An issue of great importance that many corporate attorneys neglect to properly address in finalizing an acquisition, asset purchase or merger is the seller’s workers’ compensation history. If the buyer is going to remain in the same industry as the seller, it is very likely that the buyer is going to assume liability for the seller’s workers’ compensation history. If the seller’s workers’ compensation history is not properly examined, buyers could be responsible for unexpected expenses related to BWC premiums and may also find themselves unable to qualify for group-rating discounts.
Generally speaking, the BWC will designate the buyer as the successor in interest to the seller and transfer the seller’s workers’ compensation liability to the buyer, even if the buyer opens up a new policy with the BWC. The BWC will only not do so when three specific conditions are met. Those conditions require: (1) a material change in ownership and the new owner must change the business so substantially that (2) the governing classification and (3) the process and hazard of the operation change. In other words, unless the buyer intends to use the seller’s assets in a completely different industry from the seller’s, the buyer is going to assume the sellers’ worker’s compensation history. There are exceptions for buyers who purchase the assets of sellers who are operating under a receivership or who have entered bankruptcy, but most sales will result in the buyer being designated a successor in interest by the BWC.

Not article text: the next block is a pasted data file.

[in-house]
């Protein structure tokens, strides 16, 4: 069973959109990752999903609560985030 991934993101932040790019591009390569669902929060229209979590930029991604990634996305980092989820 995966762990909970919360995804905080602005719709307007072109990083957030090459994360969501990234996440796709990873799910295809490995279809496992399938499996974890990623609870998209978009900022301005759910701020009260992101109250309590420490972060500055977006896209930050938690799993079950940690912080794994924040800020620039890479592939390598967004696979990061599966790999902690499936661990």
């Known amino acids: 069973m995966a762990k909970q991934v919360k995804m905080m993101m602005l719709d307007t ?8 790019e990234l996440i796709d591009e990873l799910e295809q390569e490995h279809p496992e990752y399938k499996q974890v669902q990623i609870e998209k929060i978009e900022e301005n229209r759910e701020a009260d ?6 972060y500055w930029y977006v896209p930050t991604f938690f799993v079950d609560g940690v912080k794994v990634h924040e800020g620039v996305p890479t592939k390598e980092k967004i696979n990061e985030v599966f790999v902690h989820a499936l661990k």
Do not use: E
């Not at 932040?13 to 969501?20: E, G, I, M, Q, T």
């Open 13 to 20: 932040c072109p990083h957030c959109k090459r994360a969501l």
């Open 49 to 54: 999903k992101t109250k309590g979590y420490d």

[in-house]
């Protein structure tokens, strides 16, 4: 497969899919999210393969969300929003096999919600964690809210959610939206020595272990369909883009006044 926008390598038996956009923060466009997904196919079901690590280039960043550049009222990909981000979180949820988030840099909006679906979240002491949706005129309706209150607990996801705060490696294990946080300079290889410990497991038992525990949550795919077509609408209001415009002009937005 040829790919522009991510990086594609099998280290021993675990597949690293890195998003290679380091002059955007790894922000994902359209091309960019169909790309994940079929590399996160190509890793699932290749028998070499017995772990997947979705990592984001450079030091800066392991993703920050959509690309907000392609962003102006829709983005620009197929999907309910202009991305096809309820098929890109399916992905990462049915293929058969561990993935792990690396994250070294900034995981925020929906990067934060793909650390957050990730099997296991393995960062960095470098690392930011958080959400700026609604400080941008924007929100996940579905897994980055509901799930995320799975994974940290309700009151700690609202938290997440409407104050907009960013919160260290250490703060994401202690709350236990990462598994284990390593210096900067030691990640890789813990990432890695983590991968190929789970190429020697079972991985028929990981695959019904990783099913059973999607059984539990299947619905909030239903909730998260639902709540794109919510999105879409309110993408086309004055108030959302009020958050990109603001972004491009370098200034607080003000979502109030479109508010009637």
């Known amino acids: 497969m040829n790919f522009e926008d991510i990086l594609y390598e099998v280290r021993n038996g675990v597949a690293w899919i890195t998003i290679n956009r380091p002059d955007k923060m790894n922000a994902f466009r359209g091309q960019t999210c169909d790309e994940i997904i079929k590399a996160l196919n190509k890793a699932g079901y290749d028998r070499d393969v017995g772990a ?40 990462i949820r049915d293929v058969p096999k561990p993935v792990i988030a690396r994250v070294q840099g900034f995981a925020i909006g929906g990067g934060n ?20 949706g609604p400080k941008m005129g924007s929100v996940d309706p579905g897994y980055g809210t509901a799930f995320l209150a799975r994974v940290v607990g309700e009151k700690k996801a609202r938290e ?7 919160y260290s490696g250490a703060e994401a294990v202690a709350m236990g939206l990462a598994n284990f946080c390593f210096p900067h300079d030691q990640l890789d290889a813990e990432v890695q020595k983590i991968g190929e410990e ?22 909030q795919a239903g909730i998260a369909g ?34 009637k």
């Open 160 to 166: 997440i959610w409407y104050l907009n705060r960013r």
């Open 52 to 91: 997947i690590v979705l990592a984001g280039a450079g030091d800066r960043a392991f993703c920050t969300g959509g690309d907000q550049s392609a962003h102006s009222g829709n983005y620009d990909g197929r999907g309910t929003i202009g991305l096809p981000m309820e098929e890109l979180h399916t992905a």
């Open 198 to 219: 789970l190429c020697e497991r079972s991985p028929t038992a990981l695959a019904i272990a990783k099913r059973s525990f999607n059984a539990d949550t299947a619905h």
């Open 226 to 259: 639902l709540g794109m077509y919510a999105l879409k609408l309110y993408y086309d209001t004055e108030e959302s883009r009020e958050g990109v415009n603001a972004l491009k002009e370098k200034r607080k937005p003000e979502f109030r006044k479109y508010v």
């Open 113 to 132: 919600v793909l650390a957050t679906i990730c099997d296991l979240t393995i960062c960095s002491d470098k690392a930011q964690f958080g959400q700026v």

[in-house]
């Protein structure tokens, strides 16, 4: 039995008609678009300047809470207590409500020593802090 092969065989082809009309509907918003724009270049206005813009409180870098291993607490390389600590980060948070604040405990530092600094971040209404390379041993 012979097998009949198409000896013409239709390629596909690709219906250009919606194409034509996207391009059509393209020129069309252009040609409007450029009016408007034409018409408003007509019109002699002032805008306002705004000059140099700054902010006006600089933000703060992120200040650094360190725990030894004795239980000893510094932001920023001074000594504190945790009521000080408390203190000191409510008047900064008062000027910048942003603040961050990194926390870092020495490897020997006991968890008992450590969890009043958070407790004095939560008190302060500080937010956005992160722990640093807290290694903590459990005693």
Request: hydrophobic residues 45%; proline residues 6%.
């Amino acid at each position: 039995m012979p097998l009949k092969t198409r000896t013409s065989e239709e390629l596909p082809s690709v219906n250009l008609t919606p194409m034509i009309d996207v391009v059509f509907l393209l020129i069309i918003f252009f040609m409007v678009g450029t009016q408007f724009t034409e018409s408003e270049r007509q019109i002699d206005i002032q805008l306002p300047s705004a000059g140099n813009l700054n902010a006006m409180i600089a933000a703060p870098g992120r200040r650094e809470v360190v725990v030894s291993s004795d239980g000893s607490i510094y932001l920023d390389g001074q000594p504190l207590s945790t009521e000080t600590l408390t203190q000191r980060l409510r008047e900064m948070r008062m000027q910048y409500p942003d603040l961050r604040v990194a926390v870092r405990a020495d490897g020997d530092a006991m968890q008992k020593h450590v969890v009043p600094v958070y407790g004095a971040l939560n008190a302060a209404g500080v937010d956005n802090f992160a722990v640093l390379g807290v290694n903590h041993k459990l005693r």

Understanding the potential cost of being designated a successor in interest is paramount for buyers. Fortunately, the BWC has made efforts to allow buyers to access sellers’ workers’ compensation experience and rating information prior to consummating the sale. The parties to a sale can submit a Request for Business Transfer Information, otherwise known as an AC-4 form, to the BWC. This form will allow the acquiring entity to learn about the seller’s workers’ compensation history. Prior to finalizing the sale, the parties can then adjust the purchase price as necessary to reflect future workers’ compensation costs or agree to an indemnity provision.
Failure to properly investigate a seller’s workers’ compensation history could lead to significant financial consequence, including unexpected BWC premiums and the disqualification of the buyer from group-rating programs. Depending on the size of the business, these costs could range from a few thousand dollars to well into six figures. If the buyer is not aware of its expected BWC costs, it may attempt to sue the seller for indemnification. If the buyer’s attorney did not conduct their due diligence, the buyer may turn their sights on their attorney for malpractice. As such, it is in the interest of buyers and their attorneys to make sure this important issue is addressed prior to sale.